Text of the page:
After the Paris peace accord was signed on January 27, 1973, the U.S. made it's final troop withdrawal in the following weeks. Not long after the Americans were finally out of the picture, the North resumed its offensive on the South. Victory after victory came along with rapid advances. The war officially ended on April 30, 1975, when communist tanks crashed through the gates of the Presidential Palace in Saigon. The communists had finally united all of Vietnam.
Former French school turned into a re-education camp.
Almost all of America's South Vietnamese allies were abandoned and left to the mercy of their new communist rulers. Schools all over the South were quickly converted into re-education camps. Soldiers and sympathizers from the losing side were sent to learn the new regime's doctrine.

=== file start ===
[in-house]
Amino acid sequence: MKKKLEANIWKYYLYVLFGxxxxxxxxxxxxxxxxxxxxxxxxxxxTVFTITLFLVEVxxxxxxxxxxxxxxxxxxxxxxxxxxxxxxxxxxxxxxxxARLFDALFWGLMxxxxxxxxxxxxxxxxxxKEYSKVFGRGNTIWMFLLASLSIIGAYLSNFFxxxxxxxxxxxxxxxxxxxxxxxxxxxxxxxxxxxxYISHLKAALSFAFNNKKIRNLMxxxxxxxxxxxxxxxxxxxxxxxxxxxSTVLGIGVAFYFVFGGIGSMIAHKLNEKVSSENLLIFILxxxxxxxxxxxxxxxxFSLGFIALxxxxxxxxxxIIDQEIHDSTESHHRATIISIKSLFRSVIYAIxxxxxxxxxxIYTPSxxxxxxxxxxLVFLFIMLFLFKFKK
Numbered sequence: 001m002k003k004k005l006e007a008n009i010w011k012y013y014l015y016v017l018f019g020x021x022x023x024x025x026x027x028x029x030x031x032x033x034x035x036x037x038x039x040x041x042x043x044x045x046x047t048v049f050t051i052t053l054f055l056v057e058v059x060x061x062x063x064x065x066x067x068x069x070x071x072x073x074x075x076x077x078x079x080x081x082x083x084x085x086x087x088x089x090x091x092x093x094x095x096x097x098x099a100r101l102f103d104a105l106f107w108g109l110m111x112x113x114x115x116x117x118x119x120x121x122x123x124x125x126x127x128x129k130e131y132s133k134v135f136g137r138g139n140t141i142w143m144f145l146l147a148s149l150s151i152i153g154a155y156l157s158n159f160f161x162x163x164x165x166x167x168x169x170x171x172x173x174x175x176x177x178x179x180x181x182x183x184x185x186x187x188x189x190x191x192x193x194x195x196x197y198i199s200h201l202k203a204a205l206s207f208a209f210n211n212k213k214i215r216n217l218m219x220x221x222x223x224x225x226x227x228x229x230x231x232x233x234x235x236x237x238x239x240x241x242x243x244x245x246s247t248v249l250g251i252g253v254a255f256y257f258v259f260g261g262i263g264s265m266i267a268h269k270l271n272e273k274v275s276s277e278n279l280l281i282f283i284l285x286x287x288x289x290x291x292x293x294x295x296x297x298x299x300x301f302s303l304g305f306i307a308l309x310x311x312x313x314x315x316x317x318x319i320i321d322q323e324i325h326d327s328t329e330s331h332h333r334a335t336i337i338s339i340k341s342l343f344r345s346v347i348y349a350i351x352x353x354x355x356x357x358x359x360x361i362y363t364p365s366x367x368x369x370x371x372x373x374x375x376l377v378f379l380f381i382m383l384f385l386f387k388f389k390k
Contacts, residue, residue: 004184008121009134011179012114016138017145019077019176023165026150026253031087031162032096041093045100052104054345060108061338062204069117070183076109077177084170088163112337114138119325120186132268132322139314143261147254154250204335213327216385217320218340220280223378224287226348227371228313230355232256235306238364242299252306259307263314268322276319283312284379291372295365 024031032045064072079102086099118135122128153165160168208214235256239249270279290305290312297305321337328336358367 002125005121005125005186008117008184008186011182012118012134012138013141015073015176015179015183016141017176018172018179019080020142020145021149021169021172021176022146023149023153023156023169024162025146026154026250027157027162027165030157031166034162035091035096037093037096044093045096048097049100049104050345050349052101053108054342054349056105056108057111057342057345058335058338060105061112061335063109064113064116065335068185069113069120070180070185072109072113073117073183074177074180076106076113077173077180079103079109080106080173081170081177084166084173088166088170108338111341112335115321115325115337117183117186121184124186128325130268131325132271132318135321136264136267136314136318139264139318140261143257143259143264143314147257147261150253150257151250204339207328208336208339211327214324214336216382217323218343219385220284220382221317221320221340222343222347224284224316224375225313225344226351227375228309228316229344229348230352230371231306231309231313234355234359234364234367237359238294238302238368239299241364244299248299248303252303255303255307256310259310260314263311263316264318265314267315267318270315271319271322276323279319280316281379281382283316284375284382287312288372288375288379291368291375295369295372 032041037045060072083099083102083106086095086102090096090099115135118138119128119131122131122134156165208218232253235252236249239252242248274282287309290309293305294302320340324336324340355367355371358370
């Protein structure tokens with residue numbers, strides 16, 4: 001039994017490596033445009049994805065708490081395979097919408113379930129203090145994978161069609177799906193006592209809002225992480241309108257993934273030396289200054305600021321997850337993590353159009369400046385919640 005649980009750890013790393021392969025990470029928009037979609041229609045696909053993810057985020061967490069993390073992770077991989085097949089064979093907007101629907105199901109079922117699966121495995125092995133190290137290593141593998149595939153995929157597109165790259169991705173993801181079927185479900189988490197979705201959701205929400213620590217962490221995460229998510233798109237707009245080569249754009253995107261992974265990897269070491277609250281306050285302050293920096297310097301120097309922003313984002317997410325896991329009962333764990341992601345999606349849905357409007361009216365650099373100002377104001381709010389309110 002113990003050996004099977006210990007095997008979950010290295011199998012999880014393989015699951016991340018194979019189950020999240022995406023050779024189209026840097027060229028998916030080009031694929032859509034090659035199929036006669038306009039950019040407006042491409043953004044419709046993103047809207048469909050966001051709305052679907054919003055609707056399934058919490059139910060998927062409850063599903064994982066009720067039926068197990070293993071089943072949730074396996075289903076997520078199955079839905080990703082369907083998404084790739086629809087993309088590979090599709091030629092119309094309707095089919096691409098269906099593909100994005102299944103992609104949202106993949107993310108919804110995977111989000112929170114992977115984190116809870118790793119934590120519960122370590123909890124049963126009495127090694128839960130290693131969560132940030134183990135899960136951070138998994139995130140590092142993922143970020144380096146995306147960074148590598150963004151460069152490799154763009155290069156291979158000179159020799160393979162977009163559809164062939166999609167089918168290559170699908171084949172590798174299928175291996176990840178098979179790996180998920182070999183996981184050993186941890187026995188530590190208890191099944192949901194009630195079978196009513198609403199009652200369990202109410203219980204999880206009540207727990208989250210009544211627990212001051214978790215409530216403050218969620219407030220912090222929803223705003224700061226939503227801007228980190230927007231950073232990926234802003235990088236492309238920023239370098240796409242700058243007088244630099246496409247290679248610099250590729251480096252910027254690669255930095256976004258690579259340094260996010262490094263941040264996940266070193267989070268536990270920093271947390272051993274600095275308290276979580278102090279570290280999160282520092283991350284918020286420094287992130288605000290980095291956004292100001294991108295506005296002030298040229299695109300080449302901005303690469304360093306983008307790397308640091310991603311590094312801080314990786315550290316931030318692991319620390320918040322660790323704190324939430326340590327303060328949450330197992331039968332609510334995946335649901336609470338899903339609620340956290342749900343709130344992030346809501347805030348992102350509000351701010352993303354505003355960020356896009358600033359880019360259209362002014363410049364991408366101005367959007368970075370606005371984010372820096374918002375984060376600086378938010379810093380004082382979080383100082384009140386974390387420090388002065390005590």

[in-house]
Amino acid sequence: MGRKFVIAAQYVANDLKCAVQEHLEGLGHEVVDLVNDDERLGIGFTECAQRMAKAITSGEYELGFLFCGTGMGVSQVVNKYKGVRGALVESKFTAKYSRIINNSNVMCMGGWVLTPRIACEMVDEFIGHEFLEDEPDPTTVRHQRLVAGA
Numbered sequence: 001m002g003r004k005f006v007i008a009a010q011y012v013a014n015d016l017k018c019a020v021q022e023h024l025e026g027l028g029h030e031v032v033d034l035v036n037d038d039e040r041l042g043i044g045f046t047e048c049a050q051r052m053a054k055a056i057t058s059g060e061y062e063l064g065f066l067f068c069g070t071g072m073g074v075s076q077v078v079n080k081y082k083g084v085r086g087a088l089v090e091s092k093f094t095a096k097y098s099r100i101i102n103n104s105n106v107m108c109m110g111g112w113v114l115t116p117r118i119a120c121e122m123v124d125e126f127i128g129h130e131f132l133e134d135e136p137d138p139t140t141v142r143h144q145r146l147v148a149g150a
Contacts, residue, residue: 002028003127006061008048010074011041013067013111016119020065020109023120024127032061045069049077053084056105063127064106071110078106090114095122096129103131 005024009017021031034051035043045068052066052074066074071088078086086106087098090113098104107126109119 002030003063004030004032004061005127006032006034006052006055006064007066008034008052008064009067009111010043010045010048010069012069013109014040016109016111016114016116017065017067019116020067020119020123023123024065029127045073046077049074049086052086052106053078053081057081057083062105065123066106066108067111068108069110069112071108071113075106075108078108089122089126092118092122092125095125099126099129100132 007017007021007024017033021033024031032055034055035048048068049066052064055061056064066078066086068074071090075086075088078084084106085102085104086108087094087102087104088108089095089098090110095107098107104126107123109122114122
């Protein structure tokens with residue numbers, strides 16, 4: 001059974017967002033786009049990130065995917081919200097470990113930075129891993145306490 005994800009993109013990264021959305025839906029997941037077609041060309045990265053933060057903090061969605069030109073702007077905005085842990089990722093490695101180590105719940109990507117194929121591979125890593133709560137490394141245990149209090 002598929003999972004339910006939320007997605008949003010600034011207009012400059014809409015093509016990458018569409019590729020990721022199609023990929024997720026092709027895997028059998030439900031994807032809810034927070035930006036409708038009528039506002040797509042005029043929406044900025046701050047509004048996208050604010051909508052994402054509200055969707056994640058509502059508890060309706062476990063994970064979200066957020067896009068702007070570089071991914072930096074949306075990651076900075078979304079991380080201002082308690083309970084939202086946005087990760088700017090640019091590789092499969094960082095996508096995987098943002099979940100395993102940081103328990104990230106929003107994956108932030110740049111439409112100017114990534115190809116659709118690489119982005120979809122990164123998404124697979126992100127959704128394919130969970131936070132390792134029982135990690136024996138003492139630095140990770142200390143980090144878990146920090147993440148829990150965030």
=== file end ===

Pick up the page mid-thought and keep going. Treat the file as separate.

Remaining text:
The tiger cages.
Veterans of the South Vietnamese army and survivors of the re-education camps had similar horror stories to tell. "The North put us into these schools to learn the new way. They said our lives meant nothing to them and several people in the camp were executed every week to teach us a lesson. Just looking at a guard the wrong way could lead to a lock-up in the tiger cages, which may be worse than death. We kept our mouths shut, swore allegiance to the new government, and were allowed to return to our families after about a year."
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